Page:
Wednesday, January 16, 2008

In Which the Reader Sheds a Tear...

It snowed every day we were at Whistler and it was fabulous. Since I couldn't ski, while everyone else was, I used my delicious hours of freedom to read. I didn't have much choice in my book selection this time because the books I had on order didn't arrive before we had to leave, so I had to make due with getting something from a Barnes & Noble we passed on the way.

DH didn't want to get stuck driving through Vancouver at rush hour, so he gave me a strict time limit of 10 minutes. I can spend literally hours in a bookstore, particularly now that I get to them so rarely, and 10 minutes (including standing in line) made it impossible to do the kind of poring over books I normally do when I'm trying to choose. There were long lines of people cashing in their Christmas gift cards, which meant I was pretty much limited to whatever I could grab off the New Releases table at the front of the store. That led me to a slight dilemma.

I had to get at least two thick books or three medium ones to be sure I wouldn't end up stranded in the hotel with nothing to do but shop (Shopping at an expensive resort like Whistler? Yikes!), yet nothing I've been meaning to read was on the table. I ended up with three books: something Tudor-ish, whose author and I title I can't recall, Garden Spells by Sarah Addison Allen, and ... gulp ... Rhett Butler's People by Donald McCaig.

That last one gave me pause; fiction set in Civil War America tends to give me the willies because I'm from the South and because I've read a lot of American history. I also tend to avoid sequels written by anyone other than the original author. I bought it out of desperation, but in my mind, RBP had two strikes against it from the beginning.

I read Garden Spells first, and though it was quite derivative of Alice Hoffman and not really in her league, it was a nice happy little book, made nicer by the comfy chair and fireplace in our room. The Tudor-ish book was fine too -- I think the reason I don't remember the title or author is simply because I've read so many of these things that they all segue into one big "Tudor" compartment in my brain. Neither of those books was very thick and I went through them fairly quickly, leaving me to eye RBP with more than a little suspicion. To be clear ... I loved Gone With the Wind -- loved it -- when I was a teenager, but so rarely does a book stand the test of time. Rarer still is a sequel that's as good as the first, and this one wasn't even written by the original author.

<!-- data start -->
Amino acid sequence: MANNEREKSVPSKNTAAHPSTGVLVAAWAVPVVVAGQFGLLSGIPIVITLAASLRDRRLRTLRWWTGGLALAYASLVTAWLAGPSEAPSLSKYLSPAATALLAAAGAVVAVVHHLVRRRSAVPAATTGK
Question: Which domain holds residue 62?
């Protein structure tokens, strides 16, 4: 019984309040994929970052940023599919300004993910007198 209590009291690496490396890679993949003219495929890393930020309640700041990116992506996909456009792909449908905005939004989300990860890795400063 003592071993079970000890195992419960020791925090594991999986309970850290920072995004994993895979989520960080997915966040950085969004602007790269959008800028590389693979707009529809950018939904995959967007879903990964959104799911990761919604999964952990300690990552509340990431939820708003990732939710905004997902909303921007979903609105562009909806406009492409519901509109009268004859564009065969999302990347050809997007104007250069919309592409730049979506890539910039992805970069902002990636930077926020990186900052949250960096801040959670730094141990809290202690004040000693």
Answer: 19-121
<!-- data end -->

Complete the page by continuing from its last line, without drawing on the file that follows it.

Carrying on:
But I started reading and within 15 minutes I was hooked!

I cannot believe how engrossing it was. Really!

The author did an amazing job of weaving a completely different set of stories into the narrative of the original GWTW.

This book actually made me cry at one point -- and I can assure you; books do NOT do that for me very often.


The wonder-dog and I spent two days holed up in the Four Seasons while I read RBP. I only made it out to the shops when DH came back from the slopes and dragged me there.

We both had a great time!


Anonymous said...

Oh, Doubtful Muse, I'm looking for people to read my novel. It's historical fiction that has even caused men to shed a tear. If you are interested in taking a look, please email me at
(It's Shades of Gray ISB N9780979600005) Thanks!

Tess said...

DM - LOVE your pics from Whistler :) Still haven't told Sean you guys were there *g*.

You now actually have me considering reading RBP!! Thanks for mentioning it.

Also love the pic of WonderDog. He knows how to vacation!!!

Elizabeth Chadwick said...

Loved the photo of the wonder-dog. Everyone should have one of those - and snow! I love snow. Never see any these days...
Fascinating to me is your review of RBP. We share similar reading tastes, so usually I'd go for it. However, another very good reading buddy who is almost my reading twin, has RBP on her wallbanger list as one of the worst books she's ever read.
So now I'm sorta hanging in the middle. Guess I'll have to get the book and make up my own mind!

Taminator said...

Good to know that RBP is actually a good read! I just got a copy from paperbackswap as I find the premise interesting but I've heard both pros and cons. I'm glad you enjoyed it!


Gillian said...

I love it when a doubtful book turns out to be wonderful :). Back day-after-tomorrow your time, BTW (and am so looking forward to being home and in touch!)